I was at the medical lab, along with seven or eight others, waiting for someone to draw a blood sample. No one was at the reception desk, since the company, to save money, used the actual phlebotomists to sign people in and answer the phones, and they were all in the little back rooms with patients.
In fact, as we learned, even the answering machine was on speakerphone. “Hello,” someone said after the phone rang, thinking he was speaking only to a machine. He gave his name, audible of course to all of us.
“I was told by Dr. Schultz to deliver a stool sample to your lab. How do I get it into the little jar? Do I have a bowel movement into the toilet as I usually do, and then scoop a little out? Will it be contaminated by the water?”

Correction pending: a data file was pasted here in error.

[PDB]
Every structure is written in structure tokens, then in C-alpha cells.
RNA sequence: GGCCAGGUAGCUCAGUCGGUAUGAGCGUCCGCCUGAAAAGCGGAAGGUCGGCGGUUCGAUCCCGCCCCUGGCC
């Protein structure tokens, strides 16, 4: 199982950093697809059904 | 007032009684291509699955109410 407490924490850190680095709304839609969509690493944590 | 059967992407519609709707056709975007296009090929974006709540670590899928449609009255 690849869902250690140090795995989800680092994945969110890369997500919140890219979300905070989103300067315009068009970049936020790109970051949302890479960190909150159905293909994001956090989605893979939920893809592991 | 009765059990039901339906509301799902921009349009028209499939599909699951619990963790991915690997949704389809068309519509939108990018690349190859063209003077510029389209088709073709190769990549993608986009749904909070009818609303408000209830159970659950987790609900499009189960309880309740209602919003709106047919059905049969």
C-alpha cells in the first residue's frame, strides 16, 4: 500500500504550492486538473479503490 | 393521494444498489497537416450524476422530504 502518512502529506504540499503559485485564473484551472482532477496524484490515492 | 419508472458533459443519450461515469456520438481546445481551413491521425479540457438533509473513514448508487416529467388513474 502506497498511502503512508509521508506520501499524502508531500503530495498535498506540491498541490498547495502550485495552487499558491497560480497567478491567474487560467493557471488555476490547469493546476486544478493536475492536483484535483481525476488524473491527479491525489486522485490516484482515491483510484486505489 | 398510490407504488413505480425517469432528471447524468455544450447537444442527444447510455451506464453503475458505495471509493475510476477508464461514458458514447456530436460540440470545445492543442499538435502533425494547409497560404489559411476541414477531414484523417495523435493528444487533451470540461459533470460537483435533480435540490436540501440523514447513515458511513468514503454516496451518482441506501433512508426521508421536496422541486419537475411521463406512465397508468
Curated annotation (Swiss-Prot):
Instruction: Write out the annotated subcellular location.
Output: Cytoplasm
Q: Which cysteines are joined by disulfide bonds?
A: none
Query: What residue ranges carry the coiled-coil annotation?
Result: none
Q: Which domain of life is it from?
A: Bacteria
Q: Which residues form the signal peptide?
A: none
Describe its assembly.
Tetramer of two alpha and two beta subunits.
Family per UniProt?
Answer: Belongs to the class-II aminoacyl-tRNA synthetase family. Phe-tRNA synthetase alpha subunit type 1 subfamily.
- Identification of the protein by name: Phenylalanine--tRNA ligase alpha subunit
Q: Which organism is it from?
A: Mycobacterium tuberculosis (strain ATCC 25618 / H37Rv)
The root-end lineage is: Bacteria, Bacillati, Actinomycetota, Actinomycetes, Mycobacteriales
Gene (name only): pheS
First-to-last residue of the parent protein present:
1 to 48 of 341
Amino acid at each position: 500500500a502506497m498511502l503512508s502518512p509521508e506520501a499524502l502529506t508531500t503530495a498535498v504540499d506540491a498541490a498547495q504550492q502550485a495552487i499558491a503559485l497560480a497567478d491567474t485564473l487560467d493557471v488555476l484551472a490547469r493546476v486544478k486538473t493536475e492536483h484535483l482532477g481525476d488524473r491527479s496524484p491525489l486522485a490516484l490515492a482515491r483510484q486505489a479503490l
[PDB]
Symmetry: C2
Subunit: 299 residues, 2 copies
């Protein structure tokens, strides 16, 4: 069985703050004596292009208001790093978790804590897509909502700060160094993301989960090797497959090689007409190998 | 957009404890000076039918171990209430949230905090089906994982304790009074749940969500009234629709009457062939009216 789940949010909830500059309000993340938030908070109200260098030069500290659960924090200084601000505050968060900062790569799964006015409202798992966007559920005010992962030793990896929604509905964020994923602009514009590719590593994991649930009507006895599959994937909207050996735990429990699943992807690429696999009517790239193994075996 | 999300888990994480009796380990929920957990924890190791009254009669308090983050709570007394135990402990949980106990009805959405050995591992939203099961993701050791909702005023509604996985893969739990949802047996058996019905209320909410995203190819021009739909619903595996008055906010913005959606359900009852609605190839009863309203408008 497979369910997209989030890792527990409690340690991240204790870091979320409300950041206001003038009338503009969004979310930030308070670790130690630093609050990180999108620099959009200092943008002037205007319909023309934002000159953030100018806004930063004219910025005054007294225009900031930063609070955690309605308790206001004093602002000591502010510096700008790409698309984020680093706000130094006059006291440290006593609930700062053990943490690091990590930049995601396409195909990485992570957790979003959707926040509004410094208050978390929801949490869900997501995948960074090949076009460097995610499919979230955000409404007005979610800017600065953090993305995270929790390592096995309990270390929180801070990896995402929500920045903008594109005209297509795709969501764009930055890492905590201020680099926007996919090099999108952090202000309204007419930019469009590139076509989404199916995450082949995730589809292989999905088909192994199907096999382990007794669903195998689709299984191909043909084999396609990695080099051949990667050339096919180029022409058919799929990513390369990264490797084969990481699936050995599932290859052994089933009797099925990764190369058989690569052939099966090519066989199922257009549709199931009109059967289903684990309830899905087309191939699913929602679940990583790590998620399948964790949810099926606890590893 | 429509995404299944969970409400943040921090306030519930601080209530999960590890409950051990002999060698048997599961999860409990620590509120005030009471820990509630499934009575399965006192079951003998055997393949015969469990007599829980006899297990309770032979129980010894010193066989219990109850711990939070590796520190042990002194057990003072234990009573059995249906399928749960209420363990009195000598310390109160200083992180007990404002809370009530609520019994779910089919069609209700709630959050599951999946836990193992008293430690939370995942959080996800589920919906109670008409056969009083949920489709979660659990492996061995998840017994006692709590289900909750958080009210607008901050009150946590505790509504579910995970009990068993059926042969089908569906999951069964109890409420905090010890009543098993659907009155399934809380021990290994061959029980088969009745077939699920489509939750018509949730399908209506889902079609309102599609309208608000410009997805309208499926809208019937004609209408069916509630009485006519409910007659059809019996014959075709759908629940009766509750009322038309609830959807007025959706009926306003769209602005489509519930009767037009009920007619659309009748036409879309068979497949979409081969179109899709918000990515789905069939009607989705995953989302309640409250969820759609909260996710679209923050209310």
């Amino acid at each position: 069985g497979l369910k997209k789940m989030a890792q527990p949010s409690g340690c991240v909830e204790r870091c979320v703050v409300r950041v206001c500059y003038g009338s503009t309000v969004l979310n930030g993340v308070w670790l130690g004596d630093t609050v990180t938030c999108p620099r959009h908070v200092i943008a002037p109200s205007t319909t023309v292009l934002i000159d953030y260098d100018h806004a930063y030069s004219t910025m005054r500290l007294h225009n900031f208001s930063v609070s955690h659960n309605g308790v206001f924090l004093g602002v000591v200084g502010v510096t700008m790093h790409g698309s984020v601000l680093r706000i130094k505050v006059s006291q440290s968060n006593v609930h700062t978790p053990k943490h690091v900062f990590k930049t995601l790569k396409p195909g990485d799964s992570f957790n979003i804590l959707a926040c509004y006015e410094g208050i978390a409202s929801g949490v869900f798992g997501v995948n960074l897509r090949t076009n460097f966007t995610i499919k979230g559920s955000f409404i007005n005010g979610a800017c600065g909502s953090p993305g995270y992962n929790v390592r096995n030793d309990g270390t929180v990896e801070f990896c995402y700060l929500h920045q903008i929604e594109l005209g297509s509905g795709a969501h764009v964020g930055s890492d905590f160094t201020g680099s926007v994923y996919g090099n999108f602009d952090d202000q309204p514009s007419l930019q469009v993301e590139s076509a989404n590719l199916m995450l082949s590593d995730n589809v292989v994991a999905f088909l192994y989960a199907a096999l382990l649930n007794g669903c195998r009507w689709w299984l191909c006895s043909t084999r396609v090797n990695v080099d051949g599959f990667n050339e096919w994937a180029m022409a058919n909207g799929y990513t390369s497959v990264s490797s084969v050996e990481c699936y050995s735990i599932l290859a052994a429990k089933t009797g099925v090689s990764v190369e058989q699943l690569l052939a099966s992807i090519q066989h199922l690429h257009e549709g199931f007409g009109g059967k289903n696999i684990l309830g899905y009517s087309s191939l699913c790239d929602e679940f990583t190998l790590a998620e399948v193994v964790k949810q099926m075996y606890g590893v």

By this time I was rushing to the little back rooms to find a technician. “The answering machine is broadcasting someone’s private details!” I said.
One of them rushed out. “It’s supposed to be off!” she said.
“It isn’t,” I told her.
The terrible thing was that I knew the caller. Since then, it hasn’t been easy to look at him with composure when we meet on the street.